Browsing by Author "Williams, Lynda"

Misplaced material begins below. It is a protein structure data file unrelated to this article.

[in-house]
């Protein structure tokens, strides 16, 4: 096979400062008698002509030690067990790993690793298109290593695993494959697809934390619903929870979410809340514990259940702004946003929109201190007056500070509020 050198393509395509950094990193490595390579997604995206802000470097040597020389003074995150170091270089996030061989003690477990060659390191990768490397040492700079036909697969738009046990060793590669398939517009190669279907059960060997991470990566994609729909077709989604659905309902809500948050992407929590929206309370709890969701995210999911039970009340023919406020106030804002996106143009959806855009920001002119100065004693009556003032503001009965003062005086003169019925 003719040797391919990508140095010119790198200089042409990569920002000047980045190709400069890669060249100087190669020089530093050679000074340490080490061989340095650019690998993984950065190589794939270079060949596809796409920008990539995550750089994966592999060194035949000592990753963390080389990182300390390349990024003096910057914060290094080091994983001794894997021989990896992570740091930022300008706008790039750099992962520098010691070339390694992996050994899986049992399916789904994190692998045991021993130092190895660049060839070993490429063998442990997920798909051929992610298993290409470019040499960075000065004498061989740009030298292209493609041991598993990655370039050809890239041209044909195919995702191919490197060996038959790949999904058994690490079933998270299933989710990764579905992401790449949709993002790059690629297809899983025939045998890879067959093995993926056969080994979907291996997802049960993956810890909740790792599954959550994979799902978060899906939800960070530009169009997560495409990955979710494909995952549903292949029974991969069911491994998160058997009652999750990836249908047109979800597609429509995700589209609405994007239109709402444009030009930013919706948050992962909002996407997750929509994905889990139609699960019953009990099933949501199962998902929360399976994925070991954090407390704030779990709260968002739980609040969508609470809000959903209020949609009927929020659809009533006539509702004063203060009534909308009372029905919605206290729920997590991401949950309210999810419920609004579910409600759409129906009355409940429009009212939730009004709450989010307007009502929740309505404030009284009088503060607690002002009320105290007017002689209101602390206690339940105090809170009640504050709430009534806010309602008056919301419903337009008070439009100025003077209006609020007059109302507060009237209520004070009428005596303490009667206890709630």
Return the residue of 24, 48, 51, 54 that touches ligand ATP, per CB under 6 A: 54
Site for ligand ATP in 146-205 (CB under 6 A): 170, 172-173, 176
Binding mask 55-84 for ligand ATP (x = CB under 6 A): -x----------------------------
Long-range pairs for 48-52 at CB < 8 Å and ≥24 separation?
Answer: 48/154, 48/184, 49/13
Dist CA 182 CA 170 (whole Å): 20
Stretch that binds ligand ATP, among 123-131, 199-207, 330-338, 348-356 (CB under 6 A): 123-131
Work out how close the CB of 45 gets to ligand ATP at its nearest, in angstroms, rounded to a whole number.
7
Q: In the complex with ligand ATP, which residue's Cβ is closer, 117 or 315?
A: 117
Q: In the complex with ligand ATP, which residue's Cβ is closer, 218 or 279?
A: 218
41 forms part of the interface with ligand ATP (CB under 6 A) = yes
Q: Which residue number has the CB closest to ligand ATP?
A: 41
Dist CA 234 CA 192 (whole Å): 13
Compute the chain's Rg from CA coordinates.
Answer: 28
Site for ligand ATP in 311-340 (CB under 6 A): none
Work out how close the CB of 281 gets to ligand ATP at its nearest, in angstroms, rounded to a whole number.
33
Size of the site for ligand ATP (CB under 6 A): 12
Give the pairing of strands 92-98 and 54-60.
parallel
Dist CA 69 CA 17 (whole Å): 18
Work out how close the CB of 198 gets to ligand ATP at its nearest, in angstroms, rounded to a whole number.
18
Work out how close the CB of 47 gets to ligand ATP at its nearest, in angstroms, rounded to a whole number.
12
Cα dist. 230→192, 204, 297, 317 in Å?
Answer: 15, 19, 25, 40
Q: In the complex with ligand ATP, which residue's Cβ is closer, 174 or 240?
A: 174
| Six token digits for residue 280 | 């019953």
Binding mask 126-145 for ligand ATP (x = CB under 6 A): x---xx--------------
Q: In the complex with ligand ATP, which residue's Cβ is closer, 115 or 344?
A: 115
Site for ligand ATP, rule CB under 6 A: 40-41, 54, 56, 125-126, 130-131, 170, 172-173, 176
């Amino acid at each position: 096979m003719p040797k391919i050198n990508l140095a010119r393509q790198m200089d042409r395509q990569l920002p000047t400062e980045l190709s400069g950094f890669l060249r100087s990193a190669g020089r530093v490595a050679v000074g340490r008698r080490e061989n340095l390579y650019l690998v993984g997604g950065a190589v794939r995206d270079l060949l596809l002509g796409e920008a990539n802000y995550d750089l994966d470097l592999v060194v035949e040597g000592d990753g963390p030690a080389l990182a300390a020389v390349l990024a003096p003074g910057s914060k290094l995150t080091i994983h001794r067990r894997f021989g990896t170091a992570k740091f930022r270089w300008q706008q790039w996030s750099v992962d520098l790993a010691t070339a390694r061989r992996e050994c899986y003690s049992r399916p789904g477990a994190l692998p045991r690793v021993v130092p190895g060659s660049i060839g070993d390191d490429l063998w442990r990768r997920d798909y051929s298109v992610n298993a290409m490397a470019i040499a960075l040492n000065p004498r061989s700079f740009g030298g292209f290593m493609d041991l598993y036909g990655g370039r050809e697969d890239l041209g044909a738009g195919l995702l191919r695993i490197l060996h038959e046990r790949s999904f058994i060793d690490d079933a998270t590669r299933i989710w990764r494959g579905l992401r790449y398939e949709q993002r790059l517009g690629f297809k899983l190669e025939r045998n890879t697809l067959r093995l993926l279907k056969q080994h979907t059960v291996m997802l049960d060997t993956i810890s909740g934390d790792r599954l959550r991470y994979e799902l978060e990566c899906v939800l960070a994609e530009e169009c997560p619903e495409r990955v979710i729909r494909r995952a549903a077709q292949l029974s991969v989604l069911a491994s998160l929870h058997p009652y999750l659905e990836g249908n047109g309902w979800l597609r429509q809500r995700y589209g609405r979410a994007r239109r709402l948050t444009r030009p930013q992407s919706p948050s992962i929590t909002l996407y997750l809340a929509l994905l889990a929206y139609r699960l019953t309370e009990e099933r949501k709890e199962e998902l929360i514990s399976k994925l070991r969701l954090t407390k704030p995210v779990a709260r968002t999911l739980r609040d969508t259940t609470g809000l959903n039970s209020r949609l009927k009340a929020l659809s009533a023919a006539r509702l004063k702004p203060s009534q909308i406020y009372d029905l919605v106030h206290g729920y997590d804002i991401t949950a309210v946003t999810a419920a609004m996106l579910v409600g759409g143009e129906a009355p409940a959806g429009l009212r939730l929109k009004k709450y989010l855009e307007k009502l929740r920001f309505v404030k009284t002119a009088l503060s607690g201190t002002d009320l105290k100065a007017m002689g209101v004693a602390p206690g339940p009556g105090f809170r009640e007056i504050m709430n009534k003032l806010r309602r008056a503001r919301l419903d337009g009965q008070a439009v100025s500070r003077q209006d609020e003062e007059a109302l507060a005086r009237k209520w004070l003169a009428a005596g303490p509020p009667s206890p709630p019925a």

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ItemEvaluating student and faculty satisfaction with a pedagogical framework(2010) Salyers, Vince; Carter, Lorraine; Barrett, Penelope; Williams, LyndaMost schools of nursing utilize technology to deliver courses, and entire curricula, through a combination of face to face (f2f), web-enhanced, and fully online strategies. Challenges associated with course delivery may include geographic and technological barriers, lack of instructional design support, inconsistent, inadequate or unreliable support infrastructure, and varying degrees of faculty and student experiences with learning management systems. The purpose of this exploratory study was to evaluate student and faculty satisfaction with two courses structured using a pedagogical framework; identify advantages and disadvantages of the courses; and identify instructional design recommendations for implementation of the framework. Based on results from the study, there is evidence to support use of the ICARE framework in structuring quality, satisfying courses from both student and faculty perspectives. ItemHighly relevant mentoring (HRM) as a faculty development model for web-based instruction(2012) Carter, Lorraine; Salyers, Vince; Page, Aroha; Williams, Lynda; Albl, Liz; Hofsink, ClarenceThis paper describes a faculty development model called the highly relevant mentoring (HRM) model; the model includes a framework as well as some practical strategies for meeting the professional development needs of faculty who teach web-based courses. The paper further emphasizes the need for faculty and administrative buy-in for HRM and examines relevant theories that may be used to guide HRM in web-based teaching environments. Of note is that HRM was conceived by the instructional design staff who contributed to this paper before the concept of high impact mentoring appeared in the recent literature (2009). While the model is appropriate in various disciplines and professions, the examples and scenarios provided are drawn from a Canadian university’s experience of using HRM, in conjunction with a pedagogical approach called ICARE, in a variety of nursing courses and programs.